About Kaishin Ryu
The Japanese sword art taught at the Kaishin Dojo is called Kaishin Ryu. Kaishin is a Japanese word that means “open spirit” and it is a term that sets the tone for the study of the sword arts in functional terms. The Japanese sword arts are often so cloaked in cultural ornament that the serious would be student of these arts are confronted with training choices that offer only rote and recitation of empty form. Cultivation of this type of martial arts have no tactical relevancy or technical basis of training beyond use within a specific style. Kaishin ryu kenjutusu is different. Kaishin is a derivative of Shinkage Ryu founded by Kamizumi Nobutsuna around 1560 A.D. And is very much a living art that strives to give the student real martial ability with the sword. It is the over arching philosophy of our dojo that sound, effective martial arts training from a results oriented perspective provides the student with the mental and spiritual forging that original martial arts provided so long ago.
Our school is unique in that it has a specialized methodology that allows the student to practice the art in several important fronts.
The study of Kaishin focuses the student in three major areas of study
No other dojo in the Minnesota can offer you these:
- Kata, which can be described as pre arranged movements with the sword, is performed both seated and standing. The study of this is a solo endeavor and is responsible for gaining some critical aspects of awareness of the self and of the sword.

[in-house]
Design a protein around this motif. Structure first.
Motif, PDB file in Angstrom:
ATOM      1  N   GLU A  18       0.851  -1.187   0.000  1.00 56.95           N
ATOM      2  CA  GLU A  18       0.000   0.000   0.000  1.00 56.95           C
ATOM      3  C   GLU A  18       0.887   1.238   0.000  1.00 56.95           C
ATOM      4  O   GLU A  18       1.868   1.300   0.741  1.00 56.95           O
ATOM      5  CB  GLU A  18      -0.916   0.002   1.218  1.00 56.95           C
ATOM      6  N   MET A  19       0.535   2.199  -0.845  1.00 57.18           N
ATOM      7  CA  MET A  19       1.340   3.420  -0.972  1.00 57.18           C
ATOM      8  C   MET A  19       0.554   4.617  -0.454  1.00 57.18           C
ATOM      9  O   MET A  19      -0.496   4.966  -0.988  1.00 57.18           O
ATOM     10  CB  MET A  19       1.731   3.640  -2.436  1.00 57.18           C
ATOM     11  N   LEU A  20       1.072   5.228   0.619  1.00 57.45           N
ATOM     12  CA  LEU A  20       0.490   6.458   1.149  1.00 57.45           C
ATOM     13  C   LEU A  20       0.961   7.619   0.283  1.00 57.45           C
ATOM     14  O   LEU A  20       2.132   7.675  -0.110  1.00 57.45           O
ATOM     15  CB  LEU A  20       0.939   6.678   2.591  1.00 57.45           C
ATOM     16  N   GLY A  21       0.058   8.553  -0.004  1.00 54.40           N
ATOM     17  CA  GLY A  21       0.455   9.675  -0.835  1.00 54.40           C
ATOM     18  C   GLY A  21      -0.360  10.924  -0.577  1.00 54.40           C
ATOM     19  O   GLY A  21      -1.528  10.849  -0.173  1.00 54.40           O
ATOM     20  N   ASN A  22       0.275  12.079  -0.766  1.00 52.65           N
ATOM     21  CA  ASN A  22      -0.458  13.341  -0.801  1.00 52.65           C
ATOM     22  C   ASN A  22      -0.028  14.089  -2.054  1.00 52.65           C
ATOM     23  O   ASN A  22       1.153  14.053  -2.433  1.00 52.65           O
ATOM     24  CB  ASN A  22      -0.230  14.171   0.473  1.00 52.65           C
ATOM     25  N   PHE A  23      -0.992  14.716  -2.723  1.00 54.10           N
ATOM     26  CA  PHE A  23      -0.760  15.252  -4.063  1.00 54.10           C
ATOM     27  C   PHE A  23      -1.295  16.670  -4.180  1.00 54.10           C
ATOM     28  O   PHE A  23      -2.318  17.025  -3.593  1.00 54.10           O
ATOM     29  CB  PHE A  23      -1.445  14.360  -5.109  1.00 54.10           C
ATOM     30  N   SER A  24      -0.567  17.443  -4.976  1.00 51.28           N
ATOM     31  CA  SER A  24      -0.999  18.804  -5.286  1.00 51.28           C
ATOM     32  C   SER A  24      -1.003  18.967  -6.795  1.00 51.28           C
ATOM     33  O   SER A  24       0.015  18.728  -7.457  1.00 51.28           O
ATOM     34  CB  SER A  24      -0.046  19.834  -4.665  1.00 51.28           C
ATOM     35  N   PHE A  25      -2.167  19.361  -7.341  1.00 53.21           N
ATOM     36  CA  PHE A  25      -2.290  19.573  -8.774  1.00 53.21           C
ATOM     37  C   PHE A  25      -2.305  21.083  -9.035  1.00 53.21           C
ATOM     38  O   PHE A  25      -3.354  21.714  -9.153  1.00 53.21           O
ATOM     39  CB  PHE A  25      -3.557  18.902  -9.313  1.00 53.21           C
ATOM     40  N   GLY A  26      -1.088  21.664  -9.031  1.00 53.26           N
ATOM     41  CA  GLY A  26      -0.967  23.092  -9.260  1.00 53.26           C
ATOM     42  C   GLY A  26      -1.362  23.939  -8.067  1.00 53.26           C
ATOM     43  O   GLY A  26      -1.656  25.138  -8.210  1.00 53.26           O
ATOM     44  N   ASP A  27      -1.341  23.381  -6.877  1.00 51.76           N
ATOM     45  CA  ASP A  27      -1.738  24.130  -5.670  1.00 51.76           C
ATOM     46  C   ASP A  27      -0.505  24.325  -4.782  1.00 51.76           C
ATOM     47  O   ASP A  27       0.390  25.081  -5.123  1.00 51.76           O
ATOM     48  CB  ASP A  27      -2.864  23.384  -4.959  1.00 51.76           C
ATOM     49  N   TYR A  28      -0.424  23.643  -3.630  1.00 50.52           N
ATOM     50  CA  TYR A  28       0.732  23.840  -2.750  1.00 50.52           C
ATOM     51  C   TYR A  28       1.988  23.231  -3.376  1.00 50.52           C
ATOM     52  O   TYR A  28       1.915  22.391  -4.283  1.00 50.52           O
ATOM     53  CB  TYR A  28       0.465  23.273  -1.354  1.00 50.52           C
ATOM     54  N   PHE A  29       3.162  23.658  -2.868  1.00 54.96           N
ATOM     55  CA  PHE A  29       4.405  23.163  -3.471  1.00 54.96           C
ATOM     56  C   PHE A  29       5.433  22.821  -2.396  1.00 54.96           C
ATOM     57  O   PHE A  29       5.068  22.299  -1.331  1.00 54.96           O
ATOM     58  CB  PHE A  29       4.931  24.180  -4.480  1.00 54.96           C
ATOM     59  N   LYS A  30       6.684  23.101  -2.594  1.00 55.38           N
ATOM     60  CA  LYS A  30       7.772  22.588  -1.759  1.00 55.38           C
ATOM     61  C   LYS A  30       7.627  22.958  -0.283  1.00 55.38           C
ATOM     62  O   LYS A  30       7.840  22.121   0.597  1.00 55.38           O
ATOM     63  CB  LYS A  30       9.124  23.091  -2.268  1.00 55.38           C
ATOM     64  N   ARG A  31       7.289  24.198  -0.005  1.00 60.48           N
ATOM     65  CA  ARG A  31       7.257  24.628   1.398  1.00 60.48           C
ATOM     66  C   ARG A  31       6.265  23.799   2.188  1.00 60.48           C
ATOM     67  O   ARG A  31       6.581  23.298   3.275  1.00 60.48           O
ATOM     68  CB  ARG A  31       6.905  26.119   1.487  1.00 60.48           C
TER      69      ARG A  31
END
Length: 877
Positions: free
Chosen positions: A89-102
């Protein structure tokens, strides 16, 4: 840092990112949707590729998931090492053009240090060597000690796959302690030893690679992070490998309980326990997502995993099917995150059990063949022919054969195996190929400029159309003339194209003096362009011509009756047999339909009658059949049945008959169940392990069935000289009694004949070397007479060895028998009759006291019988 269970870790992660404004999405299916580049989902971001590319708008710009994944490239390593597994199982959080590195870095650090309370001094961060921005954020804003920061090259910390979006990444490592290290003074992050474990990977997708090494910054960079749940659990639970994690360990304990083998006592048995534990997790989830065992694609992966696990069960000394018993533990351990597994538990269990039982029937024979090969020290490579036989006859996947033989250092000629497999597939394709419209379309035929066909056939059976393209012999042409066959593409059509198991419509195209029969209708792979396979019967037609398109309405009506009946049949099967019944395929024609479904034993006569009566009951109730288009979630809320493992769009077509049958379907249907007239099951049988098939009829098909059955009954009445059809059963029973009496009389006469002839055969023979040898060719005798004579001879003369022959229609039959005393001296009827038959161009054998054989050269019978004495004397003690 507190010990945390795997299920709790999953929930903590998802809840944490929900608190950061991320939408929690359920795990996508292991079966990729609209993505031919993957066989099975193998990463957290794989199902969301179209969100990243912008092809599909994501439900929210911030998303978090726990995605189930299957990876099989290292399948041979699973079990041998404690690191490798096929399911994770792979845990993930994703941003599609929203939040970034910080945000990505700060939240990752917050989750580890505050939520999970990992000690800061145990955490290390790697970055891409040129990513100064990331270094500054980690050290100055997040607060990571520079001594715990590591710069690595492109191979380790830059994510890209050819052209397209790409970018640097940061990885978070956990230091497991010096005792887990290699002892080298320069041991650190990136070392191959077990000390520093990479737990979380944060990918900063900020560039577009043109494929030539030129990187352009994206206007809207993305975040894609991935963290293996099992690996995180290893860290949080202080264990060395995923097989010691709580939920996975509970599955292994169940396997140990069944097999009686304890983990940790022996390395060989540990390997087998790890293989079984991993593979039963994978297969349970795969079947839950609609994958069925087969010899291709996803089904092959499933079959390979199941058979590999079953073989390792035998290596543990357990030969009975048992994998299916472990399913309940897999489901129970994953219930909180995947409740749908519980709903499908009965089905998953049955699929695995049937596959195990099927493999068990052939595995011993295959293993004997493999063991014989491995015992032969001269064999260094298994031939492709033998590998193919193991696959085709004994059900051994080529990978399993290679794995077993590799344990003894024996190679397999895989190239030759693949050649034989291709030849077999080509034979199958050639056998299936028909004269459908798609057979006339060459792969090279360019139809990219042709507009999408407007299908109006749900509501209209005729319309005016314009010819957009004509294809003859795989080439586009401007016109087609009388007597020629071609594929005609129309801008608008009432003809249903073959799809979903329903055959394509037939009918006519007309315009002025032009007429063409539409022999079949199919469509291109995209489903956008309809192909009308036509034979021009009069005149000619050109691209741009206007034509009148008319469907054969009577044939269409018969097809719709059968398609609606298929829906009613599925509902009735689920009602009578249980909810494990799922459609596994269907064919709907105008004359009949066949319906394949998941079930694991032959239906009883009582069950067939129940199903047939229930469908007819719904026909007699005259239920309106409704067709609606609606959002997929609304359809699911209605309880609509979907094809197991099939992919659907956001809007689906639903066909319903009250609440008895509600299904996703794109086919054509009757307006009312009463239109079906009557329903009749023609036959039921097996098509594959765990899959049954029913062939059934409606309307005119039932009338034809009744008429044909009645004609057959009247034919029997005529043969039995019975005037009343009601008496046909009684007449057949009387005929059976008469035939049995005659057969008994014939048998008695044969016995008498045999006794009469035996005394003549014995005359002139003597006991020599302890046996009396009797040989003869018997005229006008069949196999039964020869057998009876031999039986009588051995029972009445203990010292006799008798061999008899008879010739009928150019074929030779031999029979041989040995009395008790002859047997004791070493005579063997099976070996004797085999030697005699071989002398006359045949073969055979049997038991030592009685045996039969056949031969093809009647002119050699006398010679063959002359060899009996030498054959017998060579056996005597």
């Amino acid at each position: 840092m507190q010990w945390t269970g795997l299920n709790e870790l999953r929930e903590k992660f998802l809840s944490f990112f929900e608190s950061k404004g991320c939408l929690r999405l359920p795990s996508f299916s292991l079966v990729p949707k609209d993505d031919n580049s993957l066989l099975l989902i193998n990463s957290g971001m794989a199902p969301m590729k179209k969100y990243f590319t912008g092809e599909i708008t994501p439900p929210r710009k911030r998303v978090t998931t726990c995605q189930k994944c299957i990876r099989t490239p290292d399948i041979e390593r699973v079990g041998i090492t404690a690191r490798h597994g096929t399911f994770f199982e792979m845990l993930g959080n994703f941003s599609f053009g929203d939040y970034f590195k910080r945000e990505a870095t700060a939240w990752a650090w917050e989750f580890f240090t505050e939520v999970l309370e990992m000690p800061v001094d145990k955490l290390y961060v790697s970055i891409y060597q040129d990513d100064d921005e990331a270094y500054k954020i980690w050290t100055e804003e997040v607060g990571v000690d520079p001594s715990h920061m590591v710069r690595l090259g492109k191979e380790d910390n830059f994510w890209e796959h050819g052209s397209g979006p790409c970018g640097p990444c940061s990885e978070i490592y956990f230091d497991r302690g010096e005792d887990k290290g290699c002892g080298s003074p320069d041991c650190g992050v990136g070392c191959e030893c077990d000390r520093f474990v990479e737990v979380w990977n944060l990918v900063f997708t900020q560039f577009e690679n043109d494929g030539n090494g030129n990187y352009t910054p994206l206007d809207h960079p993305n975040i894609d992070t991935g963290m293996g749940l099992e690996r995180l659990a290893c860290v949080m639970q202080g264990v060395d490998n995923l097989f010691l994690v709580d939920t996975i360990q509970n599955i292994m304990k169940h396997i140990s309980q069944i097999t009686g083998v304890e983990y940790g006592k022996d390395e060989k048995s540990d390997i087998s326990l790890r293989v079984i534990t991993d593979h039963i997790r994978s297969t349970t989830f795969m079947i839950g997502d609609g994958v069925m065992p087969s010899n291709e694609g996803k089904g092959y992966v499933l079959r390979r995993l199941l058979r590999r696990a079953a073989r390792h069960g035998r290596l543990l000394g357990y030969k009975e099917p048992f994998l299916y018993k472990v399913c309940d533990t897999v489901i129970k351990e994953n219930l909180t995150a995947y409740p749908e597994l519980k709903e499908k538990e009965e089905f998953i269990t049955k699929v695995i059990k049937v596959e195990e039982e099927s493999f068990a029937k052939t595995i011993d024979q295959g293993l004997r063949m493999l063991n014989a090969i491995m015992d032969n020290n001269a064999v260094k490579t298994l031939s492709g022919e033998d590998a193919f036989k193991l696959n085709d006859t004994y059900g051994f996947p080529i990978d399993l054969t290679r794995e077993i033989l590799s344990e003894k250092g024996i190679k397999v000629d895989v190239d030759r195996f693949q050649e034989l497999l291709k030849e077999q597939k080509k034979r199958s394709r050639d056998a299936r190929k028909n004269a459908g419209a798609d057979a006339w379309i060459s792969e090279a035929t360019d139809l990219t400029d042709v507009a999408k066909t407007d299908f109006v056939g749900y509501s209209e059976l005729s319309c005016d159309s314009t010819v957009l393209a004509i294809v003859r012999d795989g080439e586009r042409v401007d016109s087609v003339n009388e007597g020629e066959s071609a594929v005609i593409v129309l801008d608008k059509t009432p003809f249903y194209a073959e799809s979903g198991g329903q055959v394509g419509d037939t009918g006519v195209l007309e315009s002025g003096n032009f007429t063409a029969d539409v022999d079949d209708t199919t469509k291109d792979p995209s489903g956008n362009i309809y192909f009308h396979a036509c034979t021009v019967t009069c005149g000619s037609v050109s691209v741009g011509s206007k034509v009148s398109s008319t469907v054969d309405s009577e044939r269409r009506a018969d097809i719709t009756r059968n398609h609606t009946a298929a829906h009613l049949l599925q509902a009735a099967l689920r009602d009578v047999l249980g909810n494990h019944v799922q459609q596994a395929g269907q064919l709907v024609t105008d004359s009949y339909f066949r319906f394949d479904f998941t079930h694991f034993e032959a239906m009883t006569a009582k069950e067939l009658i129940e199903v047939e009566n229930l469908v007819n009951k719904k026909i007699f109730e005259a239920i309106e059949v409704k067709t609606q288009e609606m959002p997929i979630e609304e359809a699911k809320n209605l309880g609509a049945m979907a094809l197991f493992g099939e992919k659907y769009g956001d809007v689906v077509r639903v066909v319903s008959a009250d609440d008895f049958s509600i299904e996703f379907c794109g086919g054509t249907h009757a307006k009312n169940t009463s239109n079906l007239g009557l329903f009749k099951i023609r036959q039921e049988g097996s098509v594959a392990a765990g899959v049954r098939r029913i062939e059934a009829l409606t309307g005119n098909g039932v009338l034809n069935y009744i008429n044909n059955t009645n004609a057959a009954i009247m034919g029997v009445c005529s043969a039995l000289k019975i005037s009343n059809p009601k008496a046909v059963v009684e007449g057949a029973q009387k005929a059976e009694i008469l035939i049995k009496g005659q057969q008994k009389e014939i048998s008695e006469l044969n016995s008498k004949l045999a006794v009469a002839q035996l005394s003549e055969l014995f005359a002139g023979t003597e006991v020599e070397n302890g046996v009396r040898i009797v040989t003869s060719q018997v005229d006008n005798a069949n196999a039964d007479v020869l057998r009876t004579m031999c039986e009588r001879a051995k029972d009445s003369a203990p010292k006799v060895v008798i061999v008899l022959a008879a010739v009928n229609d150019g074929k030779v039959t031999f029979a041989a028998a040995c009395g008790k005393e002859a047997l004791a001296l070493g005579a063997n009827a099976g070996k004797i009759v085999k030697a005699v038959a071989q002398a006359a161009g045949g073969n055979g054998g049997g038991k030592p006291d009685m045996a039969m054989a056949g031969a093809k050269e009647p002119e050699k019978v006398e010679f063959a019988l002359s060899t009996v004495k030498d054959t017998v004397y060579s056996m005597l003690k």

- Technical and tactical drill with both steel swords and with bokken (wooden swords). These drills include both cutting and blocking methods and techniques as well as tactical study of entry and dispatch. These drills not only teach the student the technical aspects of sword fighting, but they also reinforce awareness of timing and distance with regards to an opponent.
- Shobu, which is essentially a free form fight with bokken or sometimes a specialized tool called fukuroshinai (split bamboo sword that has been covered with leather) used by advanced students. This is perhaps the most stark difference between the art of Kaishin ryu kenjutsu and the world’s most common sword art of musoshinden ryu iaido. This is also where the art of Kaishin ryu kenjutsu finds its nexus. All other areas of training reinforce this functional expression of the art. At higher levels of training, these matches are very much like chess, in that the mental positions of the combatants are required to be as sharp as any physical technique. Strategies and tactics built upon the other areas of study begin to emerge and a very elegant expression of shobu is a result.
Kaishin is an art that has at its heart, a methodology that sharply focuses the student, allowing one to actively gain a functional, combatively capable understanding of the techniques, tactics and strategies of the Japanese sword. No other dojo in Minnesota can offer the student these abilities.